Extraordinary Jo 

In the wake of accomplishment, the president of the Visual Arts Center takes her final bow.


Anticipating retirement from her position of the last 10 years as president and chief executive of the Visual Arts Center of Richmond, Jo Kennedy has started taking painting classes — for the first time.

“I would love to take every class here,” she says, “but I just didn't have the time to do it when I was working here.”

During her decade-long tenure, Kennedy has kept busy. She transfigured the place, changing its name from the ambiguous Hand Workshop to the less confusing Visual Arts Center of Richmond, raised $6.3 million to buy and renovate the building the center had been renting on West Main Street for nearly 20 years, and vastly increased the scope and number of the center's class offerings.

Since her hiring, “we have grown our assets tremendously,” Kennedy says. “In 2000, we had less than $3,000 in assets. We owned nothing, and now we have over $5 million in assets.”

Kennedy's final day at the arts center is June 30. A national search that began in January for her successor has been extended and is ongoing, she says, because the search committee has yet to find a suitable replacement. In the meantime, Randy Wyckoff, former executive director of the Children's Museum of Richmond and former interim director of the School of Performing Arts in the Richmond Community, has been named the center's interim director.

“Her tenure has just been truly, truly transformational for the organization,” Visual Arts Center advisory council member Marcia Thalhimer says. “She always talks about the creative spirit and that's what this organization exudes and so does Jo herself. … Jo has been a really strong community leader in the arts.”

Richmonders may be surprised to learn that Kennedy, 65, has no background in the visual arts. A Virginia Commonwealth University alum whose passion was poetry and creative writing, she started out in the 1970s as an English teacher. She taught at Hanover's Patrick Henry High School, Richmond's Thomas Jefferson High and Virginia Commonwealth University. She eventually found her way to Dominion Resources, where she worked in public relations and graphics services for 15 years. By the late 1990s she was semiretired, teaching English part-time at VCU and the University of Richmond.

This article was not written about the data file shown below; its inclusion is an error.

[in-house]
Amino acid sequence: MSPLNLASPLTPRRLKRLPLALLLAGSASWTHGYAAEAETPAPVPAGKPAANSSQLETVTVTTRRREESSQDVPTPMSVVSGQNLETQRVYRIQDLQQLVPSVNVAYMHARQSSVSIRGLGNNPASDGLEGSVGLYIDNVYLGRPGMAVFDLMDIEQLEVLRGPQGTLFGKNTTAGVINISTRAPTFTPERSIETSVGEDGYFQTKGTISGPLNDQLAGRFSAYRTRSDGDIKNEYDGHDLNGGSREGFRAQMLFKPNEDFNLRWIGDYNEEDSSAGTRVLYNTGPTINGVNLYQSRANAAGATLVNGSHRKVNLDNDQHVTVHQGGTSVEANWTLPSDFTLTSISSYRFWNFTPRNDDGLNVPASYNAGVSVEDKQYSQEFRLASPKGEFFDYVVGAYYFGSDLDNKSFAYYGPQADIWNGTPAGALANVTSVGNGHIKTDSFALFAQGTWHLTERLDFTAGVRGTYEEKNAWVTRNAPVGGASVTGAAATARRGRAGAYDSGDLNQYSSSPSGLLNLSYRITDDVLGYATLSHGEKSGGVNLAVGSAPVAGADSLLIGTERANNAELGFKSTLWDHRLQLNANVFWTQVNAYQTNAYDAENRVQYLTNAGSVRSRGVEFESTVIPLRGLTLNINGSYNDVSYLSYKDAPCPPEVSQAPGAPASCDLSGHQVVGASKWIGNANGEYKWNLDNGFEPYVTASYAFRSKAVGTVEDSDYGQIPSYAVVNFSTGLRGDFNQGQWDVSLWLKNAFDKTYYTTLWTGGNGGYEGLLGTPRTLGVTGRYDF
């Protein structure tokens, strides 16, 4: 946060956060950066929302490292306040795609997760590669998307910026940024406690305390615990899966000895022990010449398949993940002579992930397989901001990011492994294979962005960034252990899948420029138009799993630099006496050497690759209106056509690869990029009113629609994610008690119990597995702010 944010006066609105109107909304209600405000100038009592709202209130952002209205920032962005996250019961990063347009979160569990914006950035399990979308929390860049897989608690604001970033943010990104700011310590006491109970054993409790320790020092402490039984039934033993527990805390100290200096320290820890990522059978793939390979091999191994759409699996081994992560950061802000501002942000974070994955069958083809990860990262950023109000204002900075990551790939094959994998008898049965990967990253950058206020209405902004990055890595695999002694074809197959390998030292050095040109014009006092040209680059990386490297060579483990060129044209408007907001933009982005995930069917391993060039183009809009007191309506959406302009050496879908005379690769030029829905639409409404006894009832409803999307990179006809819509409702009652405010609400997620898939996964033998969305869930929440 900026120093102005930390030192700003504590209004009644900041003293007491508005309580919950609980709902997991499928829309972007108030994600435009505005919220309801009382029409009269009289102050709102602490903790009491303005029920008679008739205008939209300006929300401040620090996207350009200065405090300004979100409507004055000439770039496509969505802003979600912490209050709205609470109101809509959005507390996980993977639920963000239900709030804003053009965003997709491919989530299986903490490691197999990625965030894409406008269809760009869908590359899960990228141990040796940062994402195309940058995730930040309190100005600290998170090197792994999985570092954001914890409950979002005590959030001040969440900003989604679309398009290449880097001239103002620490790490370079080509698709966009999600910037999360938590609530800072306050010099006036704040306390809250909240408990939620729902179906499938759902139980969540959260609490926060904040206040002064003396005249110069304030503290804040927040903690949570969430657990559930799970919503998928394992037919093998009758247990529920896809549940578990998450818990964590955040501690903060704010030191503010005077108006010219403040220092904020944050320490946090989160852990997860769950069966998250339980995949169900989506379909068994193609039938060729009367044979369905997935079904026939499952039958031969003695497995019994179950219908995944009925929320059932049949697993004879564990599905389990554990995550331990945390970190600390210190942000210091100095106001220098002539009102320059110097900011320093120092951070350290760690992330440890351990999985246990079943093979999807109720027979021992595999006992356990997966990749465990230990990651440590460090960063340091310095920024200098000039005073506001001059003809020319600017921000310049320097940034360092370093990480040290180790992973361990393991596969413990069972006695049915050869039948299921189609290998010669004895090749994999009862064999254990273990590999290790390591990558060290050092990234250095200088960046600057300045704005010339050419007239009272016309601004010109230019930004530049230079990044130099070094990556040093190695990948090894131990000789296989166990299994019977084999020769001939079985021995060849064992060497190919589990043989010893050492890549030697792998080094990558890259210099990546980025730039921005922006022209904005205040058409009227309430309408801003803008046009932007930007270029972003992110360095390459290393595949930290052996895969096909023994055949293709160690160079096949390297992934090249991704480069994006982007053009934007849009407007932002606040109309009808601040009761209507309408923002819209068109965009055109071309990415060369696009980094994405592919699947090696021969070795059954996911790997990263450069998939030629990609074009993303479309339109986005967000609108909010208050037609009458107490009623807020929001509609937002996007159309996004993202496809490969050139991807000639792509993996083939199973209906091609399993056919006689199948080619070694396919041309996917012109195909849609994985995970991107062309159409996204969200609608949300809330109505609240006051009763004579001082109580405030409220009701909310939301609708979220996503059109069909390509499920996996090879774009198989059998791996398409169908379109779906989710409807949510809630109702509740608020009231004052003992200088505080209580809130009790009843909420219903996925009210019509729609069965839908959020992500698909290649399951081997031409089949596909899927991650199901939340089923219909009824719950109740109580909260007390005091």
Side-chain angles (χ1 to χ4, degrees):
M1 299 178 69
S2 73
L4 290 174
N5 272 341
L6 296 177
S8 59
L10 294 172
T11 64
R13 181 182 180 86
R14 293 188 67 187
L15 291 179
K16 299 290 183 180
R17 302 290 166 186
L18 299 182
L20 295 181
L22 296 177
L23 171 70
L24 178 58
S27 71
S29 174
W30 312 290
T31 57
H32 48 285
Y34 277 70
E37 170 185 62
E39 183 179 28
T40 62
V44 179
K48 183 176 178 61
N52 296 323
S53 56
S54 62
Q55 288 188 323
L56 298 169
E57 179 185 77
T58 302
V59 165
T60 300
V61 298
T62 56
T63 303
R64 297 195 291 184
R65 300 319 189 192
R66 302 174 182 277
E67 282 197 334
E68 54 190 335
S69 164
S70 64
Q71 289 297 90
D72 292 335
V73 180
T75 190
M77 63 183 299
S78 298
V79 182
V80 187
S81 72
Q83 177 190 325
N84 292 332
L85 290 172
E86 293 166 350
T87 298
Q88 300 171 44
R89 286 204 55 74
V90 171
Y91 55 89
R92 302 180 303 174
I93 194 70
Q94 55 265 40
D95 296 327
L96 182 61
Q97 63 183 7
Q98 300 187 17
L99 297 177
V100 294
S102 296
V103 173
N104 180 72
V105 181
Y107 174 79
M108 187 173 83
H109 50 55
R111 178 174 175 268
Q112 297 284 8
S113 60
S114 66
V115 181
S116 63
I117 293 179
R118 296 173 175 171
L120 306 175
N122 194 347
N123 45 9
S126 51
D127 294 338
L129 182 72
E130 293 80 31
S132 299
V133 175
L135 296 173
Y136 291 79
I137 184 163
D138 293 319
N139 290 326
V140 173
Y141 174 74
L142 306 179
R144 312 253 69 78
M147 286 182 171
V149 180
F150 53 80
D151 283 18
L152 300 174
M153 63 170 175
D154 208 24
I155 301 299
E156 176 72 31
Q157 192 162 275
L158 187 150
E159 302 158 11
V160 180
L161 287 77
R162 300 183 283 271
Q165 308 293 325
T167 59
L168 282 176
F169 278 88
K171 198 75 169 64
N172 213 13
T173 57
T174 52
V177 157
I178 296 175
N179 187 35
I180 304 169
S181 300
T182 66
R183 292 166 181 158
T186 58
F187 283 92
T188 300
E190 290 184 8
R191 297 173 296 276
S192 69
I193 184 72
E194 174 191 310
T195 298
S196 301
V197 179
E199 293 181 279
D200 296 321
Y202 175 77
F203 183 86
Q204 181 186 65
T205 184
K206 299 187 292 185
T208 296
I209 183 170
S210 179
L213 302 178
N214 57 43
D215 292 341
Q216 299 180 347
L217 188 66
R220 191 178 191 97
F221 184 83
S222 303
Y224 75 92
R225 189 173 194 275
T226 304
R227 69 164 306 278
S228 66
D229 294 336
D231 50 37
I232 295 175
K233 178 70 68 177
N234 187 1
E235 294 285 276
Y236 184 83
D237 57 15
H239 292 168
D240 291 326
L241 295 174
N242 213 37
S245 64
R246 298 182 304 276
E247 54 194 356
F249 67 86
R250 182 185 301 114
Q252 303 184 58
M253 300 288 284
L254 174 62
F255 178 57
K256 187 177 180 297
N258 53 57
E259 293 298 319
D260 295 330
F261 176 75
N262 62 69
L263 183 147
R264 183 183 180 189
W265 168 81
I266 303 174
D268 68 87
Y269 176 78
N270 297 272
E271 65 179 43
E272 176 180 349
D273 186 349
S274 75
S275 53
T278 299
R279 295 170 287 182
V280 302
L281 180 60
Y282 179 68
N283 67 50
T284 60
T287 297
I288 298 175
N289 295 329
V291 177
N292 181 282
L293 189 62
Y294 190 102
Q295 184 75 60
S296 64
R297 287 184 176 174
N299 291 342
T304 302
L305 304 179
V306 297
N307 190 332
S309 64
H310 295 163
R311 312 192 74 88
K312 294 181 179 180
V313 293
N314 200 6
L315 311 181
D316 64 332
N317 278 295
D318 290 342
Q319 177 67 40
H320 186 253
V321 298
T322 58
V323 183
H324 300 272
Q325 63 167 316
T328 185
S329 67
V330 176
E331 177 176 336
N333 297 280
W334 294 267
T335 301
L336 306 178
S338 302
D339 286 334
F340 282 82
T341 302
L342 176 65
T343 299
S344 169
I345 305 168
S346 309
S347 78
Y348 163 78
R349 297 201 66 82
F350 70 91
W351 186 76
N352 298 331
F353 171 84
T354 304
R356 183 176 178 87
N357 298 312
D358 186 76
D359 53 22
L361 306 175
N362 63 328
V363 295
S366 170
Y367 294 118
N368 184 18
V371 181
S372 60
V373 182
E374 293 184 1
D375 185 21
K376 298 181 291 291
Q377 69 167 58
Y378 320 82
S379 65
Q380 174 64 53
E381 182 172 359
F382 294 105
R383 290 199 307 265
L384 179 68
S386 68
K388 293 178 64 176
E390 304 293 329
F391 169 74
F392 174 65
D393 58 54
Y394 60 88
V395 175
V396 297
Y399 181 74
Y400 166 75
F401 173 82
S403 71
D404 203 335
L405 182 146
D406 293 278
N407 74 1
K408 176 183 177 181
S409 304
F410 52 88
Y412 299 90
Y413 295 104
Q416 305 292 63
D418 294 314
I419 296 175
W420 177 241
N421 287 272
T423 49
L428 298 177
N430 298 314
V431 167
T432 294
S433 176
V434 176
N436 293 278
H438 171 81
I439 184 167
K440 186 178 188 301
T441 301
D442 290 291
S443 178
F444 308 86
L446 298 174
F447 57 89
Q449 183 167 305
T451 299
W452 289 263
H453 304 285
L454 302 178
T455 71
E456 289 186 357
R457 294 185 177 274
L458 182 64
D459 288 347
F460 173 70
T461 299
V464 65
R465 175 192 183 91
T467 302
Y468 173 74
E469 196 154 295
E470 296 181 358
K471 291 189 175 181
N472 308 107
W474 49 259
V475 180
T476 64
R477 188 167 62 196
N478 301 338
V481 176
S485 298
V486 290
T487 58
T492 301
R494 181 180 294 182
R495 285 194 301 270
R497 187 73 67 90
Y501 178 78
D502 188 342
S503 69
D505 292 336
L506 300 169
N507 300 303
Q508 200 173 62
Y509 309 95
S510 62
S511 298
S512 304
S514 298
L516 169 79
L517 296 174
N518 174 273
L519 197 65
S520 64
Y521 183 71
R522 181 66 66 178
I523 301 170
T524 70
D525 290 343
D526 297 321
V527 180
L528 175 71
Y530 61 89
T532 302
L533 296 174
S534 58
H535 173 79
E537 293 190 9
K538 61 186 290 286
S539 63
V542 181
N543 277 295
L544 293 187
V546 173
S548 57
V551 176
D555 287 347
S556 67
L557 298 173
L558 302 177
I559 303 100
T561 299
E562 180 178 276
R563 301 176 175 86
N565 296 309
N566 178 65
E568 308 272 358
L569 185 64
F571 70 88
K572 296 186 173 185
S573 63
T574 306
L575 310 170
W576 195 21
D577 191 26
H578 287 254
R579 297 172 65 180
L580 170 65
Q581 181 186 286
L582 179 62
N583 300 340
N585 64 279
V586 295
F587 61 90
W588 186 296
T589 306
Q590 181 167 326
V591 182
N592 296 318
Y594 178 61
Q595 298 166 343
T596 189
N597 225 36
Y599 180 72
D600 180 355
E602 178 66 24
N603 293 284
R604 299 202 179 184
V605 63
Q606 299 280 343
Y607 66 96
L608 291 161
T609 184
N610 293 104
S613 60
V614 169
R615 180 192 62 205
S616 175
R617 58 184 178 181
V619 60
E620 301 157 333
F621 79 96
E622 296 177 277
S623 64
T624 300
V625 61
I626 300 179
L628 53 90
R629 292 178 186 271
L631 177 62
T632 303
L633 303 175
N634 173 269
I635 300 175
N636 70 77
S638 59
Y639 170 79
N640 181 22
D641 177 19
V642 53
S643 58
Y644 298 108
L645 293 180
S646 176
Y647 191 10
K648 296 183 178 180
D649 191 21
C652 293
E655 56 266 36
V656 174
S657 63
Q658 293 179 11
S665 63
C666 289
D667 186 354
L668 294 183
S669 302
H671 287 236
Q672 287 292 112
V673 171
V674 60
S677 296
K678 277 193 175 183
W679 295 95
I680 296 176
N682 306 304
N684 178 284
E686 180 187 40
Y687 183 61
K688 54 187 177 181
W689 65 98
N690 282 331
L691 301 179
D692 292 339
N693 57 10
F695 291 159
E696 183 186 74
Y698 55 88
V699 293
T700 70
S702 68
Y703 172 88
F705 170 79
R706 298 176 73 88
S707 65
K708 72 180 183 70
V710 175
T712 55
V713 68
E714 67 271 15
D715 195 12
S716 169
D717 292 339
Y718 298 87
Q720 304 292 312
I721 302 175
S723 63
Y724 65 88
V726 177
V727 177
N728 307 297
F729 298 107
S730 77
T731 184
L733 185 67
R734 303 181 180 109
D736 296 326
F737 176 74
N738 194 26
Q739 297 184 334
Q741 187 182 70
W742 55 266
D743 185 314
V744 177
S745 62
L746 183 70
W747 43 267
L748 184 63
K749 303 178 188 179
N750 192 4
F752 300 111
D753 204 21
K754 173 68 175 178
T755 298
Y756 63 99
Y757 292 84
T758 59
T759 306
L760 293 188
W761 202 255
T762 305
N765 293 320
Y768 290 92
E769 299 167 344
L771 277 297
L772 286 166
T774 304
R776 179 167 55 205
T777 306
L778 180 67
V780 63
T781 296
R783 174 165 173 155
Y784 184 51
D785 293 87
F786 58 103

That was when her former boss at Dominion, Marjorie Greer, then a Hand Workshop board member, called to encourage Kennedy to apply for the newly vacant job to head up the center. The board loved her, but Kennedy wasn't sure she wanted a full-time gig. Instead she agreed to work as the arts center's interim director until a replacement could be found. But “after about two weeks I was totally hooked on this place,” she says.

Ten years later, Kennedy says, “it's been a wonderful journey.”

A breast cancer survivor when she was hired, Kennedy says she decided to take the job because she “wanted to do something that mattered. And when I got here, I realized that there was a lot here that mattered, and that there were so many people who came here whose lives were really enriched and in some ways transformed by doing art and experiencing art.”

One of Kennedy's first accomplishments was to raise $1 million to buy the building that the center had leased at a high price for 17 years.